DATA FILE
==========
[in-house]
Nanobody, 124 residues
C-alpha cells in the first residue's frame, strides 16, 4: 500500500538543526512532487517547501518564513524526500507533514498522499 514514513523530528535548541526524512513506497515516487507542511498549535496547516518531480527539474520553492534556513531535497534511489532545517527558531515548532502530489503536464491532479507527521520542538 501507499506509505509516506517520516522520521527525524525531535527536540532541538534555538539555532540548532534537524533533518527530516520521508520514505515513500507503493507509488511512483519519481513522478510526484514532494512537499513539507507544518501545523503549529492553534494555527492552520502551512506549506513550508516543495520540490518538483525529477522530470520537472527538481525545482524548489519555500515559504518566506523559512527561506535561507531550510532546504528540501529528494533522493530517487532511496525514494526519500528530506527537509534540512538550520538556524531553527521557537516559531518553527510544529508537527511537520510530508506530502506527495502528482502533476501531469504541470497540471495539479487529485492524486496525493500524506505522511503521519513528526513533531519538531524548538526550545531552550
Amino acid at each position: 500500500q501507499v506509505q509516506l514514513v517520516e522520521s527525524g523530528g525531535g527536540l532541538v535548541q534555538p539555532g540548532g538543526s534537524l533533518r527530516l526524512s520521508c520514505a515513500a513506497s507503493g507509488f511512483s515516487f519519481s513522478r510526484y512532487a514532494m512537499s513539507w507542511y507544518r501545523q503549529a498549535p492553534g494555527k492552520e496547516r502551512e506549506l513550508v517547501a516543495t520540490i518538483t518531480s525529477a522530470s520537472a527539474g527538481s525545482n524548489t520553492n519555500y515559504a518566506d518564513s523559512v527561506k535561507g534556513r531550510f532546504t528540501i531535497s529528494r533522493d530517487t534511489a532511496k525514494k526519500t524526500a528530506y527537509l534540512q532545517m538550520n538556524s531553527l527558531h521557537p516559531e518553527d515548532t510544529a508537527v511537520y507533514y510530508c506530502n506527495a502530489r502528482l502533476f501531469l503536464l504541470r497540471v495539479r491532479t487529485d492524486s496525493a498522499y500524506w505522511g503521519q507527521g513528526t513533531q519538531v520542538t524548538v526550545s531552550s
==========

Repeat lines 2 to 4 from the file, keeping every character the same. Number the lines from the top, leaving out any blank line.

Nanobody, 124 residues
C-alpha cells in the first residue's frame, strides 16, 4: 500500500538543526512532487517547501518564513524526500507533514498522499 514514513523530528535548541526524512513506497515516487507542511498549535496547516518531480527539474520553492534556513531535497534511489532545517527558531515548532502530489503536464491532479507527521520542538 501507499506509505509516506517520516522520521527525524525531535527536540532541538534555538539555532540548532534537524533533518527530516520521508520514505515513500507503493507509488511512483519519481513522478510526484514532494512537499513539507507544518501545523503549529492553534494555527492552520502551512506549506513550508516543495520540490518538483525529477522530470520537472527538481525545482524548489519555500515559504518566506523559512527561506535561507531550510532546504528540501529528494533522493530517487532511496525514494526519500528530506527537509534540512538550520538556524531553527521557537516559531518553527510544529508537527511537520510530508506530502506527495502528482502533476501531469504541470497540471495539479487529485492524486496525493500524506505522511503521519513528526513533531519538531524548538526550545531552550
Amino acid at each position: 500500500q501507499v506509505q509516506l514514513v517520516e522520521s527525524g523530528g525531535g527536540l532541538v535548541q534555538p539555532g540548532g538543526s534537524l533533518r527530516l526524512s520521508c520514505a515513500a513506497s507503493g507509488f511512483s515516487f519519481s513522478r510526484y512532487a514532494m512537499s513539507w507542511y507544518r501545523q503549529a498549535p492553534g494555527k492552520e496547516r502551512e506549506l513550508v517547501a516543495t520540490i518538483t518531480s525529477a522530470s520537472a527539474g527538481s525545482n524548489t520553492n519555500y515559504a518566506d518564513s523559512v527561506k535561507g534556513r531550510f532546504t528540501i531535497s529528494r533522493d530517487t534511489a532511496k525514494k526519500t524526500a528530506y527537509l534540512q532545517m538550520n538556524s531553527l527558531h521557537p516559531e518553527d515548532t510544529a508537527v511537520y507533514y510530508c506530502n506527495a502530489r502528482l502533476f501531469l503536464l504541470r497540471v495539479r491532479t487529485d492524486s496525493a498522499y500524506w505522511g503521519q507527521g513528526t513533531q519538531v520542538t524548538v526550545s531552550s